quaint and homey to me. Overgrown side yards with native plants left
to twine company with bulbs from Holland filled my need for mystery.
To me a restrained, too orderly garden has no charm whatsoever. It
embraces none of the unpredictable surprises that a little leeway can
When a plant comes up on our property that I do not
recognize I am most inclined to just let it grow. Anticipation
builds up inside of me as I wait for it to come into flower so that I can
identify it in my field guides. I have been thrilled to discover, to
name just a few, such plants as: flower-for-an-hour, self-heal,
jack-in-the-pulpit, flowering dogwood, elderberries, poke weed and spring
beauties coming up in my yard all on their own, perhaps with a little help
from the birds.
A relaxed approach to gardening certainly allows room for
what I call Mother Nature’s plantings. At times she decides to seed
hollyhocks in the strawberry patch, Queen Anne’s Lace with the zinnias or
chicory alongside the sidewalk and who am I to disagree?
You won't see any mulch in my gardens either except on the
paths. Everyone has their own idea of beauty, but a sea of grass
with a few beds of mulch along the sides with a plant situated here and
there is stark and unattractive to me and void of any enchantment.
Some folks find my overgrown yard messy and unattractive but who must it
please, me or them? According to me, the rest of the world is just
way too uptight about yards. Our yard is my oasis, a refuge from the
world of technicality, logic and order. Our lawn is a respite for
myself and my feathered and furry friends. I say let there be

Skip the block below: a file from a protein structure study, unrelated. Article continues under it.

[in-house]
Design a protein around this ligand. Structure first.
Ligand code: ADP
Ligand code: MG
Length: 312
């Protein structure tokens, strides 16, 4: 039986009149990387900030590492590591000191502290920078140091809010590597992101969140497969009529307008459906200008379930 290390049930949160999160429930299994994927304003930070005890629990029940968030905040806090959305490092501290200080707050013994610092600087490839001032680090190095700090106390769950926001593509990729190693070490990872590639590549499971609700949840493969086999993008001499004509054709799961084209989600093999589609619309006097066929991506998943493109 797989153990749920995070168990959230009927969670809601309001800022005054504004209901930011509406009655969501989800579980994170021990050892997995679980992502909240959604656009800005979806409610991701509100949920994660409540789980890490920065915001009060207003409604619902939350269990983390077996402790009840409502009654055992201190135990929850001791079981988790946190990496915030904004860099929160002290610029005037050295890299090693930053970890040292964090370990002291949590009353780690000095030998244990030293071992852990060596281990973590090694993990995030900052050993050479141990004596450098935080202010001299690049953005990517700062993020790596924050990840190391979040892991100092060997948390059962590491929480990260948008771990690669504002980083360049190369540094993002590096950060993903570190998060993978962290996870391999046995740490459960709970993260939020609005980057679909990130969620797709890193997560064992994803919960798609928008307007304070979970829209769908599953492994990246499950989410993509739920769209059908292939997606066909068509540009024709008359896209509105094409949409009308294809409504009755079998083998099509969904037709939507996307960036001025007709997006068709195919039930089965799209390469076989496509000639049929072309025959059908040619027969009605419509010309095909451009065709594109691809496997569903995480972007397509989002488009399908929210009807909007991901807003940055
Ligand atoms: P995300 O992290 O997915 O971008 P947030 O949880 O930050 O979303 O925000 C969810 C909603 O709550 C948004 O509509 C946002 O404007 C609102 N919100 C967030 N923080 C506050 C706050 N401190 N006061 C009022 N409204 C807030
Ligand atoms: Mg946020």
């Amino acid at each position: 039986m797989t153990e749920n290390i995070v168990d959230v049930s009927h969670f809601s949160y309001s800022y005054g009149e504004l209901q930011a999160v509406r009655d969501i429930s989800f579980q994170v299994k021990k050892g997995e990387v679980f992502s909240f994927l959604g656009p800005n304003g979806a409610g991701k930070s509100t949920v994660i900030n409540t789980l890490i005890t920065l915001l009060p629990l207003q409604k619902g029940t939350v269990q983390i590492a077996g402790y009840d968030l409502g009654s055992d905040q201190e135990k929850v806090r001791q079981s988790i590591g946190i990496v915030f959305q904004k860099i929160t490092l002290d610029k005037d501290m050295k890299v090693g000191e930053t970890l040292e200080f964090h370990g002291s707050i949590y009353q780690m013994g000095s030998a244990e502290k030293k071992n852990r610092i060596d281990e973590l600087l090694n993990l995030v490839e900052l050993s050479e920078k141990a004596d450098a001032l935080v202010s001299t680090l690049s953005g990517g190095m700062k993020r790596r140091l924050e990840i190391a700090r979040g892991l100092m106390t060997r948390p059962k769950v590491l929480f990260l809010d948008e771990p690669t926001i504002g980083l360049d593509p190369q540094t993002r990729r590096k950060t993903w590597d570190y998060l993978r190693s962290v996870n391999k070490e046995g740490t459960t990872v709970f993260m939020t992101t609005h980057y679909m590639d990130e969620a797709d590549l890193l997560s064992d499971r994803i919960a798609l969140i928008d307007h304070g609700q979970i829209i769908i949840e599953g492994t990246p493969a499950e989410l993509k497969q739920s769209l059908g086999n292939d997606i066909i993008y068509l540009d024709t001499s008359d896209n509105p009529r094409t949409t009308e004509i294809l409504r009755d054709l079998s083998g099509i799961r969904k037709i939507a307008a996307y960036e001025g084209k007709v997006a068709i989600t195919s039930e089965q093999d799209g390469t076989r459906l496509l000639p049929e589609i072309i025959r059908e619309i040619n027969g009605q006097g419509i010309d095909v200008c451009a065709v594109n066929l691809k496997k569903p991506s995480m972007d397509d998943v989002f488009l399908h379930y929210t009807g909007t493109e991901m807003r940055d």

unplanned blooms, private disclosures and never ending marvels. I
need not to be in control; my main endeavor is to be in harmony with
nature. My gardens speak to me of the inexplicability of The Creator
and when I walk there I often feel Him walking along beside me.
A naturalized lawn does not need to be completely natural.
I have the most fun when I let the birds plant a little here, Mother
Nature sow a bit there and I stick in some color where and when I get
around to it. It is like having a whole team, each one of you with
your own talents and contributions. Our lawn goes through a
succession with the seasons, in early April the spring beauties and Dutch
bulbs bloom alongside dandelions and wild purple violets. In June,
the dame's rocket naturalizes beside domestic daylilies and fairy roses.
Come late summer, the goldenrod and New England asters dance beside
sunflowers and hollyhocks. I would like to share some of my tried
and true wild lawn plant recipes for your enjoyment. If you cannot
identify the wild plants that will come up in a natural lawn seek out Park
Rangers, naturalists, herbalists, friends and neighbors in the know to get
you started and learn how to key out plants in a field guide.